Some of you may already know the name through another band – Locke plays guitar and supplies vocals for the awesome power pop outfit Rooney (reviewed here). Locke’s solo effort with his own backing band called The Roughs (Chris Price on guitar & keyboards, Charlotte Froom on bass, and Mikey McCormack on drums), is not a quantum leap away from the Rooney sound and spirit. In other words, Taylor Locke and The Roughs deliver plenty guitar-driven melodies, often surrounded by harmonies that conjure up the ghost of the Beatles or Queen.
Taylor Locke and The Roughs sound like a merger between Tom Petty and Badfinger – they have a style that is based in roots rock, but clearly shows some influence from British Invasion bands of the 60s. Best of all, they don’t waste this likable sound on a bunch of junk songs – these guys can deliver the goods in terms of songwriting: crisp, memorable choruses that will have you singing along after just one listen. The lyrics touch upon universal themes, managing to be relatable without being overly trite (with possible exception of “Weekend Warrior”). Vocally, Locke reminds me of Owen Thomas from The Elms – he is a dynamic rock vocalist – gritty enough for the rockers, but also in possession of a sweet falsetto that is ideal for ballads. Sonically the album is terrific, mixed by the acclaimed Ducky Carlisle, who incidentally is the drummer for power pop supergroup called The Major Labels (reviewed here).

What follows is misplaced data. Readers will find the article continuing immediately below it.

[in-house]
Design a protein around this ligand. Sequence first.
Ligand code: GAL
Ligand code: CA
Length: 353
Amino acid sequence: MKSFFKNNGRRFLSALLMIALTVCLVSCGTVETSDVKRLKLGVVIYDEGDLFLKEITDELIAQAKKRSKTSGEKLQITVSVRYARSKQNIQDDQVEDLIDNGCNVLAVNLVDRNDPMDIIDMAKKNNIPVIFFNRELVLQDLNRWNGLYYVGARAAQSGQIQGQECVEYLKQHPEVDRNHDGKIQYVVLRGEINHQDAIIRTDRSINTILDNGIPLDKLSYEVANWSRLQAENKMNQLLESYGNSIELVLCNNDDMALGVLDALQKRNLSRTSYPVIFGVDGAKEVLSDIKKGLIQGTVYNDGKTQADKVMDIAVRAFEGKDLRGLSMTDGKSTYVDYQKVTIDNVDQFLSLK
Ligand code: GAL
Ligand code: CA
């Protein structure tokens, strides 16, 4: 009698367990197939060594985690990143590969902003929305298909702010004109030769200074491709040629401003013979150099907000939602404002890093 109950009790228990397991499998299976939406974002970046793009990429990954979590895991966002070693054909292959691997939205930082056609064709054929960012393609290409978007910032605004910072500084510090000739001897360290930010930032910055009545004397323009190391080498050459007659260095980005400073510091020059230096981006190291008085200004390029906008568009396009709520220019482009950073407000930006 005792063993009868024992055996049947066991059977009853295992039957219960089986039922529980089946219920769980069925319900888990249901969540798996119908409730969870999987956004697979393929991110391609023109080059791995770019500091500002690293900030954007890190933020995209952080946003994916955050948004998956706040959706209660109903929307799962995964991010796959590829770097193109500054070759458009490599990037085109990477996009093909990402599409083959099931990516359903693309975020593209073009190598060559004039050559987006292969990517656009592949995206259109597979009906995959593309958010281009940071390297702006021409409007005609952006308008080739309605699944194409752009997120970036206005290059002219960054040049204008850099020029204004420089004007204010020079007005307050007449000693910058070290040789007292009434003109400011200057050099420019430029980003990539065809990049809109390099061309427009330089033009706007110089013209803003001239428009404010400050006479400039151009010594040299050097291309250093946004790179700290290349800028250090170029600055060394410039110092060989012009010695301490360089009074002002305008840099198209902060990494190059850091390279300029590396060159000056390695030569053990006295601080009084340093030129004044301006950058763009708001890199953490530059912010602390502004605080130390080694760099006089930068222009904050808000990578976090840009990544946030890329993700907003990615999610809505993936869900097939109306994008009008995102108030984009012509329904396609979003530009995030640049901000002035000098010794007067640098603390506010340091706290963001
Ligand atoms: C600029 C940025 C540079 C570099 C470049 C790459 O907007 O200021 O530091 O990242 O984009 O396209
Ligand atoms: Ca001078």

The record couldn’t begin better – “Start Me Over” is a blast of fun with a soaring chorus that won me over right away. I didn’t quite get the less memorable “Jennifer”, maybe because I don’t know said girl. Things come back strong, though, with a long string of consecutive radio-friendly gems like “Hourglass” and “Amnesia”. “Reach for the Sky” is also a cool track, I just wish Locke would have done something more creative with the word “sky” rather than just scream it. “Joy” is the best ballad on the CD, showcasing Locke’s gentle falsetto and the band’s ability to ape a Queen harmony. “I’ll Be Gone” is a groovy track laced with harmonica, thereby providing a welcome change of pace from the others in this pack of strong songs. The catchy “Stay Awhile” is another sunny, upbeat tune that ensures the disc ends on a high note.
I would highly recommend Taylor Locke and The Roughs for fans of Owsley, Bleu, The Grays, or The Elms. “Grain and Grape” may just be the best debut record you’ll hear all year.
iPOD-worthy: 1, 3, 4, 5, 6, 7, 10
Taylor Locke and The Roughs on MySpace.